Should You Be Spending More Time at Work on Facebook?

A global survey by Internet content security firm Trend Micro finds that 24% of employees surveyed now visit social networking sites while on a corporate network, a marked increase over the 19% level measured in 2008. This finding comes at a time when businesses are increasingly using social networking for marketing while concurrently attempting to restrict employee’s personal use of these networks on company time.
1600 end users in the US, UK, Germany and Japan were polled. The highest surge of social networking on the corporate network during the last two years was found among end-users within the UK, who tallied a 6% increase, and Germany, with a more than 10% leap.
Except for Japan, there were no significant differences between end users from small businesses and those from large corporations, but the survey found that laptop users are much more likely than desktop users to visit social networking sites. Globally, social networking usage via laptops went up by 8 percent from 2008 to 2010. In the US, it increased by 10% and in Germany, up by 14%.
Accessing social networking sites falls at about the middle of the pack of activities with security risks measured by the survey. The context implies that the employees were visiting the social networking sites for personal use, though it is less clear than the other listed activities that they were not on social sites for some business reasons. As Social Times recently reported, 40% of businesses globally have successfully leveraged social media tools.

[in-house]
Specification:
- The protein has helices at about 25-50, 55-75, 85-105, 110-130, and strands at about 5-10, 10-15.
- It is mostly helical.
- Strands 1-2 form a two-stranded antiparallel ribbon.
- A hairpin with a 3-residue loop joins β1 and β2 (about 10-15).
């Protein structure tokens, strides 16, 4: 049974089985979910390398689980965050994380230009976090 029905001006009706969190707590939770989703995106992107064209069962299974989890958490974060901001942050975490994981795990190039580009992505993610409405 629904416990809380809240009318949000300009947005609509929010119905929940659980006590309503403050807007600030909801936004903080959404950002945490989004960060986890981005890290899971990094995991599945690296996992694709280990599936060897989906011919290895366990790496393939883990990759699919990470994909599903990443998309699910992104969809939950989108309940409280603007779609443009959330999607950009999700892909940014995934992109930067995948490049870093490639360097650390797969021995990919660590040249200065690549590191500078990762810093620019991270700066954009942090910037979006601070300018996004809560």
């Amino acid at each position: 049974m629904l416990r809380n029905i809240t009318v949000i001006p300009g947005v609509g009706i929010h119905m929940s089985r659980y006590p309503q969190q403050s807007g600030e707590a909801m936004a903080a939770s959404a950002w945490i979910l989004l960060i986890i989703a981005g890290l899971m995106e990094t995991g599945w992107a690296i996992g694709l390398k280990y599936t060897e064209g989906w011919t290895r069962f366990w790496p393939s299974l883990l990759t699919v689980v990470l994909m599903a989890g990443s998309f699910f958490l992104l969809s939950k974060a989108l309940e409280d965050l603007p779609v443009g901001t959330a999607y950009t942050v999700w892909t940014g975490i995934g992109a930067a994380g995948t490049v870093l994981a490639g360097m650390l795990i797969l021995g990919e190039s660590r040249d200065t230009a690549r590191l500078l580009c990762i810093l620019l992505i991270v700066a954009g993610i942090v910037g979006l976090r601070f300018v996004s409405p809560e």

“Social networking is an extremely important tool both for personal and professional-relationship building. And while most companies’ concerns around social networking in the office center around the loss of employee productivity, what they may not realize is that many social networking sites are built on interactive technologies that give cybercriminals endless opportunities to exploit end users, steal personal identities or business data, and corrupt corporate networks with malware,” said David Perry, global director of education, Trend Micro. The company’s Security Guide to Social Networks [pdf] examines the most common types of cybercriminal attacks through social networking sites, and gives recommendations on how businesses can keep their corporate networks safe from malicious activities.